Intel, the world’s largest chip maker, says it has overhauled the basic building block of the information age, paving the way for a next generation of faster and more energy-efficient processors.
The advance involves a shift in the materials that Intel will use in microprocessor chips, offering vast improvements in performance and power savings.
The chips, which Intel plans to begin making in the second half of this year, are designed for computers but could also have applications in consumer devices. Their combination of processing power and energy efficiency could make it possible, for example, for cellphones to play video at length — a demanding digital task — with less battery drain.
Intel’s work overcomes a potentially crippling technical obstacle that has arisen as a transistor’s tiny switches are made ever smaller: their tendency to leak current as the insulating material gets thinner. The Intel advance uses new metallic alloys in the insulation itself and in adjacent components.
Company researchers said the new switches represented the most significant change in the materials used to manufacture silicon chips since Intel pioneered the modern integrated-circuit transistor more than four decades ago.
Word of the announcement, which is planned for Monday, touched off a war of dueling news releases as International Business Machines rushed to announce that it was on the verge of a similar advance.
IBM executives said the company was planning to introduce a comparable type of transistor in the first quarter of 2008. Many industry analysts say Intel retains a six- to nine-month lead over the rest of the industry, but IBM executives disputed this and said the two companies were focused on different markets in the computing industry.
Modern microprocessor and memory chips are created from an interconnected fabric of hundreds of millions and even billions of the tiny switches that process the 1’s and 0’s that are the foundation of digital computing.
They are made using a manufacturing process that has been constantly improving for over four decades. Current transistors, for example, are made with systems that can create wires and other features that are finer than the resolving power of a single wavelength of light.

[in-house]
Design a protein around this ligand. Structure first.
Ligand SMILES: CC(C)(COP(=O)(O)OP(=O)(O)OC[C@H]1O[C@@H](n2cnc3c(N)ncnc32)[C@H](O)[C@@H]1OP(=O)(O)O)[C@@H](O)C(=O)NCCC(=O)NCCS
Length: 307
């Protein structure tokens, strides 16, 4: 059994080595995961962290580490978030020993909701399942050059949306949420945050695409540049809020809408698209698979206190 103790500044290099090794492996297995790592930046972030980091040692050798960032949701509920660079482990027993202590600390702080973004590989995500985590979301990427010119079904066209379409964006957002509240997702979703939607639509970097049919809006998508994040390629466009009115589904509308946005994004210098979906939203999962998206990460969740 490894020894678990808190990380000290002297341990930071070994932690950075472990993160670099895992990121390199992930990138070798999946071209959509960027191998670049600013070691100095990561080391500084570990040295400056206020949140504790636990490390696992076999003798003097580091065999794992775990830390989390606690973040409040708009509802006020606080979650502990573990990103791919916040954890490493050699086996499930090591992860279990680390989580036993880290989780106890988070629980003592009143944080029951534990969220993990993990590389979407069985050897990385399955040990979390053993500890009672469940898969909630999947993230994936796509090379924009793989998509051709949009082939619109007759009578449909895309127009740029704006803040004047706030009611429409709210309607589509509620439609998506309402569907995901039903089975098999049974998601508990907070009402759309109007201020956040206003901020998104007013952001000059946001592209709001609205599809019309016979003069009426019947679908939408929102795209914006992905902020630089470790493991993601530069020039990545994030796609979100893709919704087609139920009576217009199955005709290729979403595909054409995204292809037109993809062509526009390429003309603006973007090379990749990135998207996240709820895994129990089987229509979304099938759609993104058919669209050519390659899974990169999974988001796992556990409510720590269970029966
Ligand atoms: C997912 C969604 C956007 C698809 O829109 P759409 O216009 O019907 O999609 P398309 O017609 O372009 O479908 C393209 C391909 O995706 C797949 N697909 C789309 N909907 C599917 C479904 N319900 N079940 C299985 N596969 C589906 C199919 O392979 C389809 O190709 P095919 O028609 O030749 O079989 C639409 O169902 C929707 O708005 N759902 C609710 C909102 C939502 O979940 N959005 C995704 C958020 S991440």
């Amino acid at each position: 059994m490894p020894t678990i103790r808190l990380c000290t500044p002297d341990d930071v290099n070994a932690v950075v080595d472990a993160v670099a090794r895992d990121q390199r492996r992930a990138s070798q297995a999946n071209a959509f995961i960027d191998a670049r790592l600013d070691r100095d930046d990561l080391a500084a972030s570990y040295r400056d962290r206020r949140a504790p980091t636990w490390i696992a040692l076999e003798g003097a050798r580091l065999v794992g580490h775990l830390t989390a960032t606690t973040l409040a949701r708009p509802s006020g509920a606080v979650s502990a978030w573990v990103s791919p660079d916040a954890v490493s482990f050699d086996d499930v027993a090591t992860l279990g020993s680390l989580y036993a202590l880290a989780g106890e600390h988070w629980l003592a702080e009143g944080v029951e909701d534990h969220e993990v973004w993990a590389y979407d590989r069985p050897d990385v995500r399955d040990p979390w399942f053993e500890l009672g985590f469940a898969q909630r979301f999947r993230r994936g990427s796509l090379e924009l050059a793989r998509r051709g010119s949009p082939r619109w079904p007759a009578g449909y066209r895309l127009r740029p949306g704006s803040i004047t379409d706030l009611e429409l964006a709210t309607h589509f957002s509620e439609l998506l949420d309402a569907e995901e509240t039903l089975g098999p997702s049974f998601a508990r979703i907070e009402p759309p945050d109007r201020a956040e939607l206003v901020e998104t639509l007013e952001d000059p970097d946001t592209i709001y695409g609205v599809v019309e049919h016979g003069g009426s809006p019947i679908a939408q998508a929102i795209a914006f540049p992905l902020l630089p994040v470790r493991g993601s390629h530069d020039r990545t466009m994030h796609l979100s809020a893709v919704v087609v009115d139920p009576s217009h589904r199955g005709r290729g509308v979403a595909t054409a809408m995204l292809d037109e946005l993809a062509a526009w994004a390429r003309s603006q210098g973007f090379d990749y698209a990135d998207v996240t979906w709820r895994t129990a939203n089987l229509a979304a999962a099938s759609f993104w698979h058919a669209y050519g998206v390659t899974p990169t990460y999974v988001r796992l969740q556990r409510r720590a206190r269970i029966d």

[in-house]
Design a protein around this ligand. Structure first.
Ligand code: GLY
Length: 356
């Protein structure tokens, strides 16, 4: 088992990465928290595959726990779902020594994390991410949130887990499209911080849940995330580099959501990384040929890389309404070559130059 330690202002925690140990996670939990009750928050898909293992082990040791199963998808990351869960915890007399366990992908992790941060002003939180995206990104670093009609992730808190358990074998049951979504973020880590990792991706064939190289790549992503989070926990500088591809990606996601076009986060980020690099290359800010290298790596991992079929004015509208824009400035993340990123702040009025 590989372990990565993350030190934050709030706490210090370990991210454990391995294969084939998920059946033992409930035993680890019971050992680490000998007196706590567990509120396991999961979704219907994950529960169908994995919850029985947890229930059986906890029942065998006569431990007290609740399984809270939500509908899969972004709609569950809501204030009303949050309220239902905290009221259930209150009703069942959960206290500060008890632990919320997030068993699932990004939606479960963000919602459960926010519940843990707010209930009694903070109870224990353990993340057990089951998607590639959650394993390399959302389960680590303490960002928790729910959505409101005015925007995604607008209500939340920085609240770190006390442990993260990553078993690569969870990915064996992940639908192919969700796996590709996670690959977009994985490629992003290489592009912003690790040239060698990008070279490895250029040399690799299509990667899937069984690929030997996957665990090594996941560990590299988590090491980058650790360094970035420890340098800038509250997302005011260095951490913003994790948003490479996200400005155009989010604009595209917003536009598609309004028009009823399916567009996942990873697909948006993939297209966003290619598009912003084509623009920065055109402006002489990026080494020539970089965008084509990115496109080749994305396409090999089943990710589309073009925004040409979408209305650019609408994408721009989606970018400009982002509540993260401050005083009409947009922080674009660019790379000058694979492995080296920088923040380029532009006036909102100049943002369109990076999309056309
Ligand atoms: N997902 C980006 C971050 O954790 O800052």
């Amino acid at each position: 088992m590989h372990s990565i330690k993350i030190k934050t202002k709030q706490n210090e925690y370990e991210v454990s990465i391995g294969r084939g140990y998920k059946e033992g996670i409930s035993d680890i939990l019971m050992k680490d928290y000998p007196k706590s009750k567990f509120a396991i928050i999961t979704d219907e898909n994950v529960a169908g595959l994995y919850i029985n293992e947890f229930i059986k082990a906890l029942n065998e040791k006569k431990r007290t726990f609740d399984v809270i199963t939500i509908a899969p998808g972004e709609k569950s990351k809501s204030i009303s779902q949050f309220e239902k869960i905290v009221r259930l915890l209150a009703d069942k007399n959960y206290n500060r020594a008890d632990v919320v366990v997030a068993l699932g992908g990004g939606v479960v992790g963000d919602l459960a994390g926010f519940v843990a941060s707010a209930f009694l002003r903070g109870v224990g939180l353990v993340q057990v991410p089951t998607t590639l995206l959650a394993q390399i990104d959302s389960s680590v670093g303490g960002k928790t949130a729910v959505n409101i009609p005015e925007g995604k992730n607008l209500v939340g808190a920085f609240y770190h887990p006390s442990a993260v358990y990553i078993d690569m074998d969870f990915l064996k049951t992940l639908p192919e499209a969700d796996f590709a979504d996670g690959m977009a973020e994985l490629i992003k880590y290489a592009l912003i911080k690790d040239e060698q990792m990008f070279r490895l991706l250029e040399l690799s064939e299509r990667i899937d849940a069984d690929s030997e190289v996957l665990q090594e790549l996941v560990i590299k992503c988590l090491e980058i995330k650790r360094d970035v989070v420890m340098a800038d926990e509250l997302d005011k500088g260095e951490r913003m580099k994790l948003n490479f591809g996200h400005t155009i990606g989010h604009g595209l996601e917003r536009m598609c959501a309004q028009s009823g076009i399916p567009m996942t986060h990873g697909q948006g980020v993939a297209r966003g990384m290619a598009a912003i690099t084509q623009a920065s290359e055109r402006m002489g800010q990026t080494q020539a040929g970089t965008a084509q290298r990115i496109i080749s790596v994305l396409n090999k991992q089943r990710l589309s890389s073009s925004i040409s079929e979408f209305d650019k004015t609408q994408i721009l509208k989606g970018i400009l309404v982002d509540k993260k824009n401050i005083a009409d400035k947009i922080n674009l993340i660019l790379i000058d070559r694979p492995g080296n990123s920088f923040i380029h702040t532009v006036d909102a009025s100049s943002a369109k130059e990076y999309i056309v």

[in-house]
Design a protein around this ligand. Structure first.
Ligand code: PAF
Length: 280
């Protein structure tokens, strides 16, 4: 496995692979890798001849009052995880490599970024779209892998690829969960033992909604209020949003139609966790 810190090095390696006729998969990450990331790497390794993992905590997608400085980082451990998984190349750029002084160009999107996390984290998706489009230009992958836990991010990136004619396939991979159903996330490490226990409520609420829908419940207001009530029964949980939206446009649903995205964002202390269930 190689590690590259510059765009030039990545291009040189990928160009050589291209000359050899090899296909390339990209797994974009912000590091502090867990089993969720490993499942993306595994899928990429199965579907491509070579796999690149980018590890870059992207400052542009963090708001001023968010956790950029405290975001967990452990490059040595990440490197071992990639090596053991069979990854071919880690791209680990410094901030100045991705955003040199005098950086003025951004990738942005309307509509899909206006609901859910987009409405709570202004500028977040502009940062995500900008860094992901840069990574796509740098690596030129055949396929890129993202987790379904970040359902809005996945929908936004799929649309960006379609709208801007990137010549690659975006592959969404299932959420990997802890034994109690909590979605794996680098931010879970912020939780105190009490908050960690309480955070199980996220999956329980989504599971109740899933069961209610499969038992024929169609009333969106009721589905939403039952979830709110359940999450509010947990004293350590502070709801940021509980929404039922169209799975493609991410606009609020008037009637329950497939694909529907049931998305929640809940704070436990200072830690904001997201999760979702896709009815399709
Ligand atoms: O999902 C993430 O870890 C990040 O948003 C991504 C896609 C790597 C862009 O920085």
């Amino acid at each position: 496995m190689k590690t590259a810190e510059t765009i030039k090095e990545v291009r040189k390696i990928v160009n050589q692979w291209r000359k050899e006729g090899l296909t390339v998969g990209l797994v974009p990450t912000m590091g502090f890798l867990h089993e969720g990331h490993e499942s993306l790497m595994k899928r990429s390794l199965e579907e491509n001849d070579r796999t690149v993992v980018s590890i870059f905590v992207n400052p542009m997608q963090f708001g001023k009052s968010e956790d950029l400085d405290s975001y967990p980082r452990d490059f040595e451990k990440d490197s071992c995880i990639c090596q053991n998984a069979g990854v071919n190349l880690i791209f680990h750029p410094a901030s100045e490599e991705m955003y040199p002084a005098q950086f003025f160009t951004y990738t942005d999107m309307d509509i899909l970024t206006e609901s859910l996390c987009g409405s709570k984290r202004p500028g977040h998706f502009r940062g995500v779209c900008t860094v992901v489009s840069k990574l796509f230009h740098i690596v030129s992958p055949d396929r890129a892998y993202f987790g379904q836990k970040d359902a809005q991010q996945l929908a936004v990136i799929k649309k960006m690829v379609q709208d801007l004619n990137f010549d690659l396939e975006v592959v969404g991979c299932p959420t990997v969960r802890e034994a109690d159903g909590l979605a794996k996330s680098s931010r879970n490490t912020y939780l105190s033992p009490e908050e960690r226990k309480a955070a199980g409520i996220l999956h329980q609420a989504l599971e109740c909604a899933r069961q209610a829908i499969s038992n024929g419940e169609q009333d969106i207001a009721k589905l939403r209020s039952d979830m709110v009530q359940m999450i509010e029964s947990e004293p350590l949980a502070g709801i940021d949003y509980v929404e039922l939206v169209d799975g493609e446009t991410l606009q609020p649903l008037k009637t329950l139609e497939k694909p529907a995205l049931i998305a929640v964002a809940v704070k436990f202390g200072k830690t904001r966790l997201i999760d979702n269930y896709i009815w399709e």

The Intel announcement is new evidence that the chip maker is maintaining the pace of Moore’s Law, the technology axiom that states that the number of transistors on a chip doubles roughly every two years, giving rise to a constant escalation of computing power at lower costs.
“This is evolutionary as opposed to revolutionary, but it will generate a big sigh of relief,” said Vivek Subramanian, associate professor of electrical engineering and computer sciences at the University of California in Berkeley.
For several decades, there have been repeated warnings about the impending end of the Moore’s Law pace for chip makers. In response, the semiconductor industry has repeatedly found its way around fundamental technical obstacles, inventing techniques that at times seem to defy basic laws of physics.
The chip industry measures progress by manufacturing standards defined by the width of one of the smallest features of a transistor for each generation. Currently much of the industry is building chips in what is known as 90-nanometer technology. At that scale, about 1,000 transistors would fit in the width of a human hair. Intel began make chips at 65 nanometers in 2005, about nine months before its closest competitors.